The world of emoji: the language of the web between the human and the digital
Emoji, emoticons, “smilies” or whatever are now part of our everyday life and we use them very easily, without even paying too much attention to them. Employed as a communication vector, they allow us to relate to people of any nationality and understand them, beyond language barriers.
Initially made up of lines and dots, emoji have since progressed to the classic round yellow face, expressing a wide range of emotions, such as anger or sadness, to the most recent ones, which include categories of all kinds, with a focus on avoiding racial discrimination or related to physical disabilities. The word “emoji” comes from Japanese and literally translates as “picture” (e) and “character” (moji), meaning the image that speaks, that communicates something. In effect, these smilies act precisely as a substitute for body language, restoring an emotional dimension that text messages alone would not communicate.
Introduced in the West by Apple, emoji are becoming so popular that they even deserve an international holiday exclusively dedicated to them: World Emoji Day. Establishing this day was Australian Jeremy Burge, founder of Emojipedia, the site that catalogs emoji and is always creating new ones.
The variety of emoticons is truly endless, and everyone can choose to send the ones they prefer. In this regard, it is very interesting to note that each nation uses emoji differently: for example, Italians use emoticons from the “food and drink” category a lot, while Americans are more used to using those related to sports, such as cricket and basketball.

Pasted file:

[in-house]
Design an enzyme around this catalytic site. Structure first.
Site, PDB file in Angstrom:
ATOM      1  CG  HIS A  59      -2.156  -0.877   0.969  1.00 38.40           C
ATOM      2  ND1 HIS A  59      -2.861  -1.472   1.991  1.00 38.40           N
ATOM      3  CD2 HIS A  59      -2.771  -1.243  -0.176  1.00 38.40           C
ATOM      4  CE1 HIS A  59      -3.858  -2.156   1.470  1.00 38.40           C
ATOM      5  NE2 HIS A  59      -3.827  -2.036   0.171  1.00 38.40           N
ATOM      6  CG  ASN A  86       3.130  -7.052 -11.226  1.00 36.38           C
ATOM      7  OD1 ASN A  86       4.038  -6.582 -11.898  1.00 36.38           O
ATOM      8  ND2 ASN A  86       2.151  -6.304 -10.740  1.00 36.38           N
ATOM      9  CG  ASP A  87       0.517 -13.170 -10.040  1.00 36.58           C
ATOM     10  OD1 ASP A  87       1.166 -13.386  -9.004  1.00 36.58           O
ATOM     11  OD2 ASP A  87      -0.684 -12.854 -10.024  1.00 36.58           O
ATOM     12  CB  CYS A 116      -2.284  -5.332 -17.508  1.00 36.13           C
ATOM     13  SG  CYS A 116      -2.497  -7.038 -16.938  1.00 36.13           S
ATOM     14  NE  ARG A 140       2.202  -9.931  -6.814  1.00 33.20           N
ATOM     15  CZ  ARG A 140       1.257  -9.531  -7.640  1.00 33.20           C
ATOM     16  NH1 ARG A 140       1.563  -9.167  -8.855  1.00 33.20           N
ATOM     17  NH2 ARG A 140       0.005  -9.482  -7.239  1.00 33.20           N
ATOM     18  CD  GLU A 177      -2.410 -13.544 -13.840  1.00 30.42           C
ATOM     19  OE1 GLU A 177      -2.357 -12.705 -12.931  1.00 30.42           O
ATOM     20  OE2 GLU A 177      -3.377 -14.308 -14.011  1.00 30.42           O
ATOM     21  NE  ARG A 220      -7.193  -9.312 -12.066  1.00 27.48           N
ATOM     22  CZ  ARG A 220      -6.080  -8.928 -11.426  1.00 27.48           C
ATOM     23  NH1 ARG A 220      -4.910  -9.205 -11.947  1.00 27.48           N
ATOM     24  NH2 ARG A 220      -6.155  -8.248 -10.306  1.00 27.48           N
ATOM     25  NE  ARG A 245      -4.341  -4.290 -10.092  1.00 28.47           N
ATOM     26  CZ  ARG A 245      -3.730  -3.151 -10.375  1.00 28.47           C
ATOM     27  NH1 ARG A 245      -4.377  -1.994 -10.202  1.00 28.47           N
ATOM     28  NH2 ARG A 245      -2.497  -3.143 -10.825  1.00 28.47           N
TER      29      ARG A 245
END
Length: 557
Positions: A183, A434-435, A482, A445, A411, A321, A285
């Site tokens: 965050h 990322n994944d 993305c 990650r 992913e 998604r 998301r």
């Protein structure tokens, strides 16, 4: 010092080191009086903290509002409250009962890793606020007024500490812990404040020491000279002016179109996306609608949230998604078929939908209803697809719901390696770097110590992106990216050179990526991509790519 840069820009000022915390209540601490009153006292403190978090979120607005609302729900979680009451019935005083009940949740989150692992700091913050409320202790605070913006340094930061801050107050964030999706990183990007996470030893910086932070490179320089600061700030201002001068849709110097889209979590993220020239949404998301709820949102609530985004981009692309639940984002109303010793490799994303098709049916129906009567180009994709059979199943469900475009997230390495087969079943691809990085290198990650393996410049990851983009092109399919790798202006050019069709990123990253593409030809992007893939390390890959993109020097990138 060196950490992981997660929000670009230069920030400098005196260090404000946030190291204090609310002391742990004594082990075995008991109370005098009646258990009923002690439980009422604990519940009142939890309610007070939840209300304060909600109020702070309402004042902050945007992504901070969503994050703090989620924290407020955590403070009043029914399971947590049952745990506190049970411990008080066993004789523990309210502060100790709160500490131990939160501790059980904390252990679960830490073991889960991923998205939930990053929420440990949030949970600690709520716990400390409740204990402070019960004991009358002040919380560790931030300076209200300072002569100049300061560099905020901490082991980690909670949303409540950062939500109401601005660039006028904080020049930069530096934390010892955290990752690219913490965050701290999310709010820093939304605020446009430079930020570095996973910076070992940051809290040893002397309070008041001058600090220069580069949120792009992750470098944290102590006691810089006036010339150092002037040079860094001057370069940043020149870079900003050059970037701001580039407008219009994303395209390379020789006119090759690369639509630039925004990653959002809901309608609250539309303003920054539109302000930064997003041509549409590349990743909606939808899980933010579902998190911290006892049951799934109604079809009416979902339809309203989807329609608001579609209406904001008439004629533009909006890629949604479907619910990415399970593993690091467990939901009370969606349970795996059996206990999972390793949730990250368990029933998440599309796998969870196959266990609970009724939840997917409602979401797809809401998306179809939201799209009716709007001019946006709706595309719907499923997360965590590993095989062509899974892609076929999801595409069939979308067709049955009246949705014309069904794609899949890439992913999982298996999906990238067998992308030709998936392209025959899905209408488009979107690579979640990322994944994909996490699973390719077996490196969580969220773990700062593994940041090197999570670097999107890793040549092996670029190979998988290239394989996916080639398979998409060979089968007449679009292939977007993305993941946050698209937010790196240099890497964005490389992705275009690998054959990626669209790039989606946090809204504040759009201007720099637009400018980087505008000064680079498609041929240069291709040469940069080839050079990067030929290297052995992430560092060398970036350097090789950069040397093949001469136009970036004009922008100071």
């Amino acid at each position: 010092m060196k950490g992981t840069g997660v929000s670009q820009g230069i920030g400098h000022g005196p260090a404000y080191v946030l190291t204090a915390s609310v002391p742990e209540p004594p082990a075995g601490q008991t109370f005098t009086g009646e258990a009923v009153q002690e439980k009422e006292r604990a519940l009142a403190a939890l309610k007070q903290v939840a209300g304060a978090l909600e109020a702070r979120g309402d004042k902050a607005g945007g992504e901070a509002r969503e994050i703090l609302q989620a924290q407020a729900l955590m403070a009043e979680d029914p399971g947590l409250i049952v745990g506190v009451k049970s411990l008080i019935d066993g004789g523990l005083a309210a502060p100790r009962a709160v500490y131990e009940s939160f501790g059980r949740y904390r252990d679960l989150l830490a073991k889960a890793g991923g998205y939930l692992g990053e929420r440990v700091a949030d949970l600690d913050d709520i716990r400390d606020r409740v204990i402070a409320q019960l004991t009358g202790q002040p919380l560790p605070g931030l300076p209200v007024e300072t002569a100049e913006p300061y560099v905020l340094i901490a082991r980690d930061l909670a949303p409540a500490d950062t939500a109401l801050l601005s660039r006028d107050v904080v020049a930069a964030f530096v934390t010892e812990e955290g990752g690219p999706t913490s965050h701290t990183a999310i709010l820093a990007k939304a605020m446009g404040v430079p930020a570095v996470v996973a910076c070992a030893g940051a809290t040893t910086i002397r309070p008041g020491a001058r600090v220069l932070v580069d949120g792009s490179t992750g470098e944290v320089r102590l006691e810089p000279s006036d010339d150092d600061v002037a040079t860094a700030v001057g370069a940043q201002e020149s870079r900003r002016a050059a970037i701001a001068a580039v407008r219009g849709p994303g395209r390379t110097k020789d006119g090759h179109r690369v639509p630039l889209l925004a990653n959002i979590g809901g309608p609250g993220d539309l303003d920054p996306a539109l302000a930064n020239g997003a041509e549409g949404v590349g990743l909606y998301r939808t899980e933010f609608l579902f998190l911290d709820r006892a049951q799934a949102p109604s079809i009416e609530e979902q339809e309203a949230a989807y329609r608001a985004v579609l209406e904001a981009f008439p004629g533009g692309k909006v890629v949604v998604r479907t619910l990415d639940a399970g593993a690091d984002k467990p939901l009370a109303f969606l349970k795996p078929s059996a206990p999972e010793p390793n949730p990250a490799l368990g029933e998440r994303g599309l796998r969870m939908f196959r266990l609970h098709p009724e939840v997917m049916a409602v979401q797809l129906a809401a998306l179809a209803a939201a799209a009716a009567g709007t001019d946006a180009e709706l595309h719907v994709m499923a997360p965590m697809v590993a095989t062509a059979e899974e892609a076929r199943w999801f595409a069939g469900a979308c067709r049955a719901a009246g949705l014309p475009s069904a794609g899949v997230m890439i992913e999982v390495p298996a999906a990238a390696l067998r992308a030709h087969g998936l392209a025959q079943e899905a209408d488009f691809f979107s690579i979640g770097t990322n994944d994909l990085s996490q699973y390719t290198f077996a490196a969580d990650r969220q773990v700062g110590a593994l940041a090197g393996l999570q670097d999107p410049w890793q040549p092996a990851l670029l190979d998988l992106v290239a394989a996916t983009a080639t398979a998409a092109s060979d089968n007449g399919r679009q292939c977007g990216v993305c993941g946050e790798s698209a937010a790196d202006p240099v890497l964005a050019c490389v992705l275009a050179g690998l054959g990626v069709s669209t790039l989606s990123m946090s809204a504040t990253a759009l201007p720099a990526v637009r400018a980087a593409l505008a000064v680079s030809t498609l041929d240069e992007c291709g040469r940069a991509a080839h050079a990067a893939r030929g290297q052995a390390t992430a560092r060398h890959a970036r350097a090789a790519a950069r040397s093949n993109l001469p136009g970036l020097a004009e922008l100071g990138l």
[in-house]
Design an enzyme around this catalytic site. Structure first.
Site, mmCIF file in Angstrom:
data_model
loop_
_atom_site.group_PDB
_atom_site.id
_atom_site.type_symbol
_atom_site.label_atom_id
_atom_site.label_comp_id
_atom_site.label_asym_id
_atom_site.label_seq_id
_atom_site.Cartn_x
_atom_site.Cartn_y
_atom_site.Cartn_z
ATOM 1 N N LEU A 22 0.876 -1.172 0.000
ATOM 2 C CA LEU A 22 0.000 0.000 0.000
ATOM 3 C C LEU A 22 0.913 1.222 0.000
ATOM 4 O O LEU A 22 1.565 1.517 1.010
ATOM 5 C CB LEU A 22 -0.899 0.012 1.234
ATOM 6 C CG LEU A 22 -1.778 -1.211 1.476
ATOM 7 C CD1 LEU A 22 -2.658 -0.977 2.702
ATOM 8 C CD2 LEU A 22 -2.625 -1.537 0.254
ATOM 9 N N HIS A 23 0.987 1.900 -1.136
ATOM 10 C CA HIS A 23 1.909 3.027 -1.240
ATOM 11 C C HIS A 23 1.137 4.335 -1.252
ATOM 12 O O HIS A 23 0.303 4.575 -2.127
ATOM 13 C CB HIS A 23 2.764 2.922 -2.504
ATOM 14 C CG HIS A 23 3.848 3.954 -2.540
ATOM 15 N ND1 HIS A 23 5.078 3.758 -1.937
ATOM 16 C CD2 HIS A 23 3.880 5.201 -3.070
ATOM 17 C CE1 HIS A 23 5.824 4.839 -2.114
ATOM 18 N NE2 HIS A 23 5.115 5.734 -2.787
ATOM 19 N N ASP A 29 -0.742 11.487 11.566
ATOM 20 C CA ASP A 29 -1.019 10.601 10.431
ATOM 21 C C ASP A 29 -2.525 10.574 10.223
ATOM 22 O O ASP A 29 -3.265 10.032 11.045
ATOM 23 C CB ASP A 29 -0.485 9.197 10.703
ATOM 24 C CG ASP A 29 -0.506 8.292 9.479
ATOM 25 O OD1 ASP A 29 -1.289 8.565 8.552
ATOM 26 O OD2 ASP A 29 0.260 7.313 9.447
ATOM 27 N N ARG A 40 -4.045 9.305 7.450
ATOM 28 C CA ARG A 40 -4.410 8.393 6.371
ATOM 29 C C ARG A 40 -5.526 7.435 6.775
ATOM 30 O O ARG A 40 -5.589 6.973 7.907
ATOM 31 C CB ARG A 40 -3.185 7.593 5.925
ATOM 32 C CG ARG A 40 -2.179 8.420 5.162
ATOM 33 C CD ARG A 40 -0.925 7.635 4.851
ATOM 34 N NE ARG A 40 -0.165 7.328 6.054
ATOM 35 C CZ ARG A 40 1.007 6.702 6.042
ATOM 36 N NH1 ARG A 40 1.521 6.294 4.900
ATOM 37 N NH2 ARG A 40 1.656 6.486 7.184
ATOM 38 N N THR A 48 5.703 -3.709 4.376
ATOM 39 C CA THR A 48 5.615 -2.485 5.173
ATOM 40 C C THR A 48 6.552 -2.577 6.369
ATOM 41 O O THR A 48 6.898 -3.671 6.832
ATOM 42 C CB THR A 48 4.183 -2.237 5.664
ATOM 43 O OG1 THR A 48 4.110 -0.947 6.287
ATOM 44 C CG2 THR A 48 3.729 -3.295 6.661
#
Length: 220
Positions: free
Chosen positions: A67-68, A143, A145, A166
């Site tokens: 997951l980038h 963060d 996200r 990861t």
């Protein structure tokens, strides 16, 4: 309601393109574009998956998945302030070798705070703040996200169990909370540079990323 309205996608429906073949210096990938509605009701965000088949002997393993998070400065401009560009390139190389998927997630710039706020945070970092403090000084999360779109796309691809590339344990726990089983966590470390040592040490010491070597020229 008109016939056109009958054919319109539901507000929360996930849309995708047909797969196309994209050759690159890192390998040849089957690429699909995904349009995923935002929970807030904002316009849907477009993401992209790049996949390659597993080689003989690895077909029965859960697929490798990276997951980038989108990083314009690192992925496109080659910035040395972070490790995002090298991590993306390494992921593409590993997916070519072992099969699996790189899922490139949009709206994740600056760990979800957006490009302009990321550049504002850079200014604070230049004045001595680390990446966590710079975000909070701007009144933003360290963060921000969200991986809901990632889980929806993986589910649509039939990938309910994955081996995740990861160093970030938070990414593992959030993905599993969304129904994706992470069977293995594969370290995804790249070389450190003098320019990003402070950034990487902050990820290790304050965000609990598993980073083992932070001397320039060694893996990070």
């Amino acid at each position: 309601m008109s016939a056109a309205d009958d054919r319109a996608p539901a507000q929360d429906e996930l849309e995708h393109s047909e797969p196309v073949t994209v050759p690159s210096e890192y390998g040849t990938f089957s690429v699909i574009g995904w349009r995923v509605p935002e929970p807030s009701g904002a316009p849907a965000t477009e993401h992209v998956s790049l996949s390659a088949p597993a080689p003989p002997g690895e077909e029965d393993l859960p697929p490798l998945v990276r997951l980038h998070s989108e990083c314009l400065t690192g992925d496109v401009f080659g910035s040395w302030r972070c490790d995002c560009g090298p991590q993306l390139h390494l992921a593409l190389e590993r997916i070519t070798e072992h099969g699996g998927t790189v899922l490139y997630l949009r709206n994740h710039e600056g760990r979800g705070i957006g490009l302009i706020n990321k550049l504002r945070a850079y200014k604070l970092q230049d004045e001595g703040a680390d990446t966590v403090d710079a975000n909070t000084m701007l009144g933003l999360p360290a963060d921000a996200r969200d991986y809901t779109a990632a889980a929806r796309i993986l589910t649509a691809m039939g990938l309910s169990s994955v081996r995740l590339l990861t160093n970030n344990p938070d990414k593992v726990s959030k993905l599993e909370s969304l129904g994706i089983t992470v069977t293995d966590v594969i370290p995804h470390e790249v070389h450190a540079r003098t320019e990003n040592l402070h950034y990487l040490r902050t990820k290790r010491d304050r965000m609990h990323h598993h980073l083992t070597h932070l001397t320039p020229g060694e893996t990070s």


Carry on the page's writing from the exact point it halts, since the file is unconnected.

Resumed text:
Just as each country presents its own range of favorite smilies, there also seems to be a clear gap in usage between generations. In particular, at the moment there seems to be a real challenge, in terms of smilies, between what we call Generation Z (young people born between 1995 and 2010) and Millennials (those born between the mid-1980s and mid-1990s). According to surveys conducted in Britain by the research and education agency Perspectus Global, the emoticon we use reveals a great deal about our personality, but before that, our age. The thumbs up, the red heart, the kiss emoticon are all expressions that under-20s say “only an old man would use.” Today’s young people are more used to using, for example, the heart-eyed emoticon and the flame emoticon.
But have you ever wondered how it is possible for these smilies to be visible on every type of platform and from every device? This can occur thanks to the “Unicode encoding system,” which allows each letter, number or symbol to be traced back to a unique code recognized by all devices. In charge of coordinating the work to create common coding rules is the Unicode Consortium, which not only develops new emoji and introduces them to the Web, but also works to modernize existing ones.
Emoji have made their way so far into our lives that now every sentence we write is modified by them. A concrete example of this is the addition of hearts in messages that on the surface may seem rude. But a smiley face can also markedly change the meaning of a sentence, even to the point of relevance in the judicial arena. Indeed, there are multiple examples of cases in which emoticons have been instrumental in determining the final judgments of trials. One curious example involves a young couple visiting Israel who wished to rent an apartment. After visiting, they allegedly sent happy emoticons to the landlord, who interpreted the satisfied faces as confirmation of the reservation, although the two had stopped responding to his messages. As a result of this affair, the two young men were charged by the Israeli court and ordered to pay compensation for conduct contrary to good faith!
Ultimately, then, as much as they may seem merely a silly symbol to add to text messages to give color to one’s sentences, emoticons are a real vehicle of communication, sometimes merely a side dish, but other times dangerous enough to become a real “communication weapon.”
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